Around 140 youth and youth ministers from across the country came to the Diocese of Covington to serve the local community June 30–July 6. Bishop Brossart High School in Alexandria was home base for Catholic HEART WorkCamp, an international youth-friendly, Christ-centered organization dedicated to service, connection and loving others, headquartered in Orlando, Florida.

This is the second time Bishop Brossart High School served as a host site; the first time was in 2017. Each summer more than 13,000 youth go on mission trips through this organization around the country to restore homes, feed the hungry, lift the spirits of children, bring joy to the elderly and disabled, and offer assistance while partnering with social agencies.

The missionary campers stayed in the school facility at Bishop Brossart for the week. They began each day with Mass and then broke into teams, working at many different sites throughout the region. The group collectively worked more than 5,750 hours during the week. They served in soup kitchens, food pantries and worked for organizations like HONK (Housing Opportunities of Northern Kentucky), People Working Cooperatively and the Rose Garden Home Mission. Groups painted at St. Anthony School, Taylor Mill, organized crafts and activities for the aged and infirm at Carmel Manor, assisted elderly neighbors at their homes, helped with minor construction projects and cleaned properties.

In addition to service projects each day, the evenings were filled with music, skits, games and spiritual enrichment. Donna Heim, former Bishop Brossart religion teacher and Catholic minister at NKU’s Newman Center, managed the work camp.

“These campers worked hard. What I love about Catholic HEART is that it is the epitome of what it means to be Catholic packed into one week,” said Mrs. Heim. “It is like a service-learning retreat; not just serving people but also loving them as Christ does.”

Mrs. Heim said that the experience has a very positive impact on the campers and those they serve.

“It’s a win-win situation,” she said. “The campers get to experience the joy of serving others, homes in the community get restored and the people served feel loved and develop a relationship with the campers.”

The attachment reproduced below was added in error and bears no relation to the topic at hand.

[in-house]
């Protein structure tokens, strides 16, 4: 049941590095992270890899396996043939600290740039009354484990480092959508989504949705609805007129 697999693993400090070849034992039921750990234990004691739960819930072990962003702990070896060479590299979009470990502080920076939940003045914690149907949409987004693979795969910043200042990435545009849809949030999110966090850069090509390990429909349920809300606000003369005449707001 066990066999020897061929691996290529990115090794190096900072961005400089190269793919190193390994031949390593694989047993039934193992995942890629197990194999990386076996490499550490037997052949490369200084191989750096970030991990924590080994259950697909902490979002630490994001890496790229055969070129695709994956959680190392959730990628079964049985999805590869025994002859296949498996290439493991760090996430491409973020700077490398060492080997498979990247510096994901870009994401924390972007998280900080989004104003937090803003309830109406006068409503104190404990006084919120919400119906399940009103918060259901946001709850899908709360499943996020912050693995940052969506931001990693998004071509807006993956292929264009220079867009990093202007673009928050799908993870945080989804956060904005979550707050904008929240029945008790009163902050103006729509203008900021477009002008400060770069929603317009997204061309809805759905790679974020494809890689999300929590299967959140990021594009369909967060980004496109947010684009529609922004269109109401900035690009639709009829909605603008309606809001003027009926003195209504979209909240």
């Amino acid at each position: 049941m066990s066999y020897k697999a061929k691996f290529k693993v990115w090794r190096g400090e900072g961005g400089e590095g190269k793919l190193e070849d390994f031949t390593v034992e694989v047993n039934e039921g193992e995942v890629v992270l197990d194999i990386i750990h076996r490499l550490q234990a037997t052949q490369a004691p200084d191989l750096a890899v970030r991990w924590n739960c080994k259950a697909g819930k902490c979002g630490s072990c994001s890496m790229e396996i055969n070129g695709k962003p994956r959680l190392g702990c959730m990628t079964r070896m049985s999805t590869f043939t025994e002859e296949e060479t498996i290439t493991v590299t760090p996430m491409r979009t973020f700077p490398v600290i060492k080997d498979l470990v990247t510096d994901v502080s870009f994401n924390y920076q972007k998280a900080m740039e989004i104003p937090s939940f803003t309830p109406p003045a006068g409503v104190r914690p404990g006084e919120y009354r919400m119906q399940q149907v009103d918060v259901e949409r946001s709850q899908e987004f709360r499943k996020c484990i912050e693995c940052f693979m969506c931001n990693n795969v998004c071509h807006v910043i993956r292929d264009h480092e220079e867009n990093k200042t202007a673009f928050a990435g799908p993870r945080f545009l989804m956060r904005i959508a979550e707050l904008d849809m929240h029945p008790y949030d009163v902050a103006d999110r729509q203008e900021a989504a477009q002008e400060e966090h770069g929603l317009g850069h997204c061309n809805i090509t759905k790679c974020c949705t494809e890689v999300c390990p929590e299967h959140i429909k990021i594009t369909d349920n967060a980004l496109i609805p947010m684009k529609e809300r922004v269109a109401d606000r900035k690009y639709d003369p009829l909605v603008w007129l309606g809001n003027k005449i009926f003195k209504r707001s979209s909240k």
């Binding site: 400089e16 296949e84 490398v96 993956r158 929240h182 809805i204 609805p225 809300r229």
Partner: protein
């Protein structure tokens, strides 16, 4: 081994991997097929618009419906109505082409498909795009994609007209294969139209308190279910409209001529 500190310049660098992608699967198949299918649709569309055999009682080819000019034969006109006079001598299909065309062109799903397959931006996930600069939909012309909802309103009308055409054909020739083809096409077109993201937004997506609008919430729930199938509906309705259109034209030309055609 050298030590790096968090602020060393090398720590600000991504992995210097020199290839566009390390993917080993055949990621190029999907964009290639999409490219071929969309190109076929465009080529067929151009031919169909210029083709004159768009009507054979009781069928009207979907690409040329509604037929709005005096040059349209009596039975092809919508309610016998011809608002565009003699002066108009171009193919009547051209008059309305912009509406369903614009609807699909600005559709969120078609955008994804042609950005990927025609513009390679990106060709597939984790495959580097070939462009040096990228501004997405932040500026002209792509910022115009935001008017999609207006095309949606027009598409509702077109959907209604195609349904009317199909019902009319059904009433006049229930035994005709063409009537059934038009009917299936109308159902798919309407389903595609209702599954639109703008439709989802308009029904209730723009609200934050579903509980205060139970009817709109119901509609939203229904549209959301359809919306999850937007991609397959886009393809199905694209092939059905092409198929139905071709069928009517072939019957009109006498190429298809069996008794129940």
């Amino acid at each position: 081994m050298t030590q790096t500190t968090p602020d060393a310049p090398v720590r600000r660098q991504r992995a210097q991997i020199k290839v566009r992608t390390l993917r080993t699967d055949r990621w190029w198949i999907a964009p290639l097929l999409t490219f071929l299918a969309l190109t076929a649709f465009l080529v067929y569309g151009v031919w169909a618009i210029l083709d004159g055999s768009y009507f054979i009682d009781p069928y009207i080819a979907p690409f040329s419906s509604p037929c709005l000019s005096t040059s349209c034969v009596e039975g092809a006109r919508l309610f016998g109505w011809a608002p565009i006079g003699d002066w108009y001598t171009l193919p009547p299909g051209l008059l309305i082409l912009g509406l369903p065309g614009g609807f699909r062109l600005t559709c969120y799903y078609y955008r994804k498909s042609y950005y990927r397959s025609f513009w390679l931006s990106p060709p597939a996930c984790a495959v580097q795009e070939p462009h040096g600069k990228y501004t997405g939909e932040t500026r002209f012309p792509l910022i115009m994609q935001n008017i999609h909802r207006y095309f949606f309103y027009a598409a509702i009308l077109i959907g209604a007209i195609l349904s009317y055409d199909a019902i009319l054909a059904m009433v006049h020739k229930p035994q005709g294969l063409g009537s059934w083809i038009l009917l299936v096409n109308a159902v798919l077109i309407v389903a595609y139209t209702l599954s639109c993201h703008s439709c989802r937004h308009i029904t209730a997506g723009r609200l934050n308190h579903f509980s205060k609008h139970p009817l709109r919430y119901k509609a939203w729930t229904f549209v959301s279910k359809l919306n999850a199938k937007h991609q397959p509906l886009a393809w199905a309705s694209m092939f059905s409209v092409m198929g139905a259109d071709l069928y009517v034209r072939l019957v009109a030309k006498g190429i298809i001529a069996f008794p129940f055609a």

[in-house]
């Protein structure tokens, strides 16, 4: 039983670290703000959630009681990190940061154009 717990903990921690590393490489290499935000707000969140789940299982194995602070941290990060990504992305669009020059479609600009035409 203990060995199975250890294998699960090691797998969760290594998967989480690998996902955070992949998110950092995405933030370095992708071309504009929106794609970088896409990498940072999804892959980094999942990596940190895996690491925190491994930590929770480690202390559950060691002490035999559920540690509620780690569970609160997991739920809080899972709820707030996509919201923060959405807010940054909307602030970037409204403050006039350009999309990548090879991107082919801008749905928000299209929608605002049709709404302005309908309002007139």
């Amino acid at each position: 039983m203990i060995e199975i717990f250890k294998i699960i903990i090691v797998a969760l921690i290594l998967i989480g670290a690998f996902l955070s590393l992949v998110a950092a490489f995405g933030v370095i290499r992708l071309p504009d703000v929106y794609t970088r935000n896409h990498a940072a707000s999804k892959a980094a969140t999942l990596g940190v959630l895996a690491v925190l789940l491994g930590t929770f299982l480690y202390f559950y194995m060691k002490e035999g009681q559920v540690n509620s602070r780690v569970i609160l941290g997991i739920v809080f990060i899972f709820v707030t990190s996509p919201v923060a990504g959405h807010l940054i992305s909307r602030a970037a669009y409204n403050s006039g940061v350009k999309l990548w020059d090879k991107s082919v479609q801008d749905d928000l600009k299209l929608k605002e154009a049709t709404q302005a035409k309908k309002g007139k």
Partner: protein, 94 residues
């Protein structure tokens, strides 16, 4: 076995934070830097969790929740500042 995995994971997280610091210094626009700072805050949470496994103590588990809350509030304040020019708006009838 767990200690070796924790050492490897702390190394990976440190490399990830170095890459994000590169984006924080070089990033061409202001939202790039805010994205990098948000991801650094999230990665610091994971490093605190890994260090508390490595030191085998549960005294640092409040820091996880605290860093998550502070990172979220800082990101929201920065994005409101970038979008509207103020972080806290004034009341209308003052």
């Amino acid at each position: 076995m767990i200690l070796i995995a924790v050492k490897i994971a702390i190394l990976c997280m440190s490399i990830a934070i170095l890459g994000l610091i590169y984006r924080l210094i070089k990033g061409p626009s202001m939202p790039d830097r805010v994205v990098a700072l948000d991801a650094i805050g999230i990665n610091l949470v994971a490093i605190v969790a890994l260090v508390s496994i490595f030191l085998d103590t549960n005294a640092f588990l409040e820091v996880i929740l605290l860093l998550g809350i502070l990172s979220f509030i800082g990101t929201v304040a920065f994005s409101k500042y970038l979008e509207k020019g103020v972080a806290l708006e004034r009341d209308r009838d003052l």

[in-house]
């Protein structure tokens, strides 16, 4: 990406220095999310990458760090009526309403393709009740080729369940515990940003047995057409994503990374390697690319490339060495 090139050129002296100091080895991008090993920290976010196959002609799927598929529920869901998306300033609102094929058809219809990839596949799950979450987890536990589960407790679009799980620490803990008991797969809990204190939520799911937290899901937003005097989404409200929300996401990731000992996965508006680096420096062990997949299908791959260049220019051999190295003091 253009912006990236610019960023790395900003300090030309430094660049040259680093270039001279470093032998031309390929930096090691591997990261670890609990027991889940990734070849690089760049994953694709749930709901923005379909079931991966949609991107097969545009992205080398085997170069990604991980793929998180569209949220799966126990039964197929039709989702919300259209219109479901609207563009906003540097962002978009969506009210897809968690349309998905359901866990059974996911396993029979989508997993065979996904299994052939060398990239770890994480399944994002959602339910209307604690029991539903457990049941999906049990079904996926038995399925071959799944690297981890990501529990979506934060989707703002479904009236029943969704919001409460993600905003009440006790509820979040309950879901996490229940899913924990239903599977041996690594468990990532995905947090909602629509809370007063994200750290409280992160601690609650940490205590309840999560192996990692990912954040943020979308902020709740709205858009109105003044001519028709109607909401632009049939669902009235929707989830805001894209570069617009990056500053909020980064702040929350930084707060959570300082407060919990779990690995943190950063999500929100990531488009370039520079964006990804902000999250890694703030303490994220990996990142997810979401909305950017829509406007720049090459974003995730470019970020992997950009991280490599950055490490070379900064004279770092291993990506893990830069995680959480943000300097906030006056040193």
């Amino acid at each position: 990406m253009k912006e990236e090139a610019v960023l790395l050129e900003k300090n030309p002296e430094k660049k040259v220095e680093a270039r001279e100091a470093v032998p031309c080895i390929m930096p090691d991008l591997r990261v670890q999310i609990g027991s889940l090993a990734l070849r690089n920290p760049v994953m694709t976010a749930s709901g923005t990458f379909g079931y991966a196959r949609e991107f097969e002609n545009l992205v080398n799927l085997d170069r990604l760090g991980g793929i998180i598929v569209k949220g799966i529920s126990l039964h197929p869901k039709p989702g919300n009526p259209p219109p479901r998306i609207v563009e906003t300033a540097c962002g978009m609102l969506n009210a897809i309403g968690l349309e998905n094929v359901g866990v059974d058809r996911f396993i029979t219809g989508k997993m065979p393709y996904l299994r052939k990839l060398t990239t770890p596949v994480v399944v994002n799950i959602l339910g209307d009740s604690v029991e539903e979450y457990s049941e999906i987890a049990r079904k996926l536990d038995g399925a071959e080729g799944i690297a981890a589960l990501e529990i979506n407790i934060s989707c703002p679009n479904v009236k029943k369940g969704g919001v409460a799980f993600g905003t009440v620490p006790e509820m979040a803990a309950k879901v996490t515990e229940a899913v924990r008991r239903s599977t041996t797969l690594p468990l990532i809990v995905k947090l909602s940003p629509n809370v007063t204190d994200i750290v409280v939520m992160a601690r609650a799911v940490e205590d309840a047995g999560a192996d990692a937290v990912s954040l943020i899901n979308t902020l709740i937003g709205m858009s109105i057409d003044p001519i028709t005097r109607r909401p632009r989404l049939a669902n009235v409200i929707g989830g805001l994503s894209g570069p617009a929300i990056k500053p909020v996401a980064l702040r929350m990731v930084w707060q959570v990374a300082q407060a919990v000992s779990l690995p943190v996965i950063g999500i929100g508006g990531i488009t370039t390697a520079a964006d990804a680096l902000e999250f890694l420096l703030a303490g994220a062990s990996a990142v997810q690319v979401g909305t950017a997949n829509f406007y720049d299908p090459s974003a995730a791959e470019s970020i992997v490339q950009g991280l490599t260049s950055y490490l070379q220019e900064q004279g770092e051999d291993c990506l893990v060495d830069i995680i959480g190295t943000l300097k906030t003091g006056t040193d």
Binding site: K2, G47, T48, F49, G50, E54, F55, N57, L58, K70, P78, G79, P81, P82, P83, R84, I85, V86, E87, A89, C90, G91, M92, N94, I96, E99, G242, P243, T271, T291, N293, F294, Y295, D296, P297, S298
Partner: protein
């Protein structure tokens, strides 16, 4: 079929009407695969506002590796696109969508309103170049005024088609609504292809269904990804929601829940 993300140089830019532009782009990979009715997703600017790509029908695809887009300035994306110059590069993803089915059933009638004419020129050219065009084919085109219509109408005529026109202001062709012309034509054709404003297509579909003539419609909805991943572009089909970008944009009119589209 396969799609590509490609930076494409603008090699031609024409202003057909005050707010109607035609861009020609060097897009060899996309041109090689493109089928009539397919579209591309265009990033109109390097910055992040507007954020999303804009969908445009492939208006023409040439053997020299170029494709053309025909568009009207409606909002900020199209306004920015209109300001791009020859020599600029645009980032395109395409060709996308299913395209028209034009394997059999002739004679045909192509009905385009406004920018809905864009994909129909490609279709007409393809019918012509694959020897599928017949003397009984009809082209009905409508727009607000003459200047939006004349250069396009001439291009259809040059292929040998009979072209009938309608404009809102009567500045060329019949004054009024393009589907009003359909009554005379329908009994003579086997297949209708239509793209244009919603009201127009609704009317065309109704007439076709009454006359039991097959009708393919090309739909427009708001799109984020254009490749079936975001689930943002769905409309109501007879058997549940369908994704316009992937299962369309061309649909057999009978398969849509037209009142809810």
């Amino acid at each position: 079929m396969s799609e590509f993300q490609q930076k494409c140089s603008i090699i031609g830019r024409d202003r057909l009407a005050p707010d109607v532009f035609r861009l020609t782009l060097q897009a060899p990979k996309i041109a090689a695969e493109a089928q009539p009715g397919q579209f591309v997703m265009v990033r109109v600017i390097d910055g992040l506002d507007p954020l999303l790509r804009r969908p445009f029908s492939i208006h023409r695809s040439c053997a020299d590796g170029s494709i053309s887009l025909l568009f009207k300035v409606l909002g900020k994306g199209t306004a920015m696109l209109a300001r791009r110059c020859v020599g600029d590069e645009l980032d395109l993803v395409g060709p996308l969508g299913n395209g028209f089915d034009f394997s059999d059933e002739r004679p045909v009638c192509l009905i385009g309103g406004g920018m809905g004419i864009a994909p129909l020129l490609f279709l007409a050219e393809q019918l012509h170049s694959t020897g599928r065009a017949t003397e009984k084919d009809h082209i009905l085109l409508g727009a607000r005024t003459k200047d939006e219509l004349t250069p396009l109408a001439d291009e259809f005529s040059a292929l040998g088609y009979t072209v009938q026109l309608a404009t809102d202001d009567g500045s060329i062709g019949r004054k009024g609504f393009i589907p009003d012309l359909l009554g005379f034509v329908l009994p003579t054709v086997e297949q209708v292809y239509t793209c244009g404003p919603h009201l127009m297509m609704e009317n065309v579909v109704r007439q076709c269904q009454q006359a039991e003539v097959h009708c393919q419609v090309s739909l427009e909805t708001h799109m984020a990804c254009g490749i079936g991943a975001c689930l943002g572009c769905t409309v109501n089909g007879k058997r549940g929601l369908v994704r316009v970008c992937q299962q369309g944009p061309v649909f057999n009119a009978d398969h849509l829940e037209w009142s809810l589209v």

Father Robert Rottgers, pastor, St. Philip Parish, Melbourne, served as the chaplain for the camp; Lee Roessler Band led the worship music; and Charles Marks, junior high teacher at St. Thomas School, Ft. Thomas, gave three presentations on the theme — “Radiance” — and how Christians are called to shine with the light of Christ. As part of the experience, adoration was offered as well as reconciliation during evening ceremonies.

Students from Bishop Brossart High School also took part in the week, serving as a hospitality committee for those visiting and living at the school. Three recent graduates — JD Schumacher, Justin Kiefer and Samantha (Sam) Webster — served those who were serving others.

“It was a great experience; not only do I think that we helped them but this experience also helped me in my faith. When you are in an environment like that it is hard not to take a step forward. Everyone there was working toward the same thing,” said Mr. Schumacher. “It was just awesome.”

Mr. Kiefer said that his favorite part was the fellowship he experienced with the campers from all over the country and worshiping Christ together.

“During the week I had an experience that really changed me. It isn’t something that I can explain but I feel it,” he said. Mr. Kiefer was inspired and is hoping to become a member of the trained Catholic HEART Workcamp team next year.

Service is very important to Miss Webster, who is also thinking about applying to become a member of the national team next year.

“Catholic HEART Workcamp allowed me to see a larger community of youth that were super passionate about helping the community and those around them. I’m struck by the joy and the passion and the faith that the whole experience brought to everyone involved,” she said.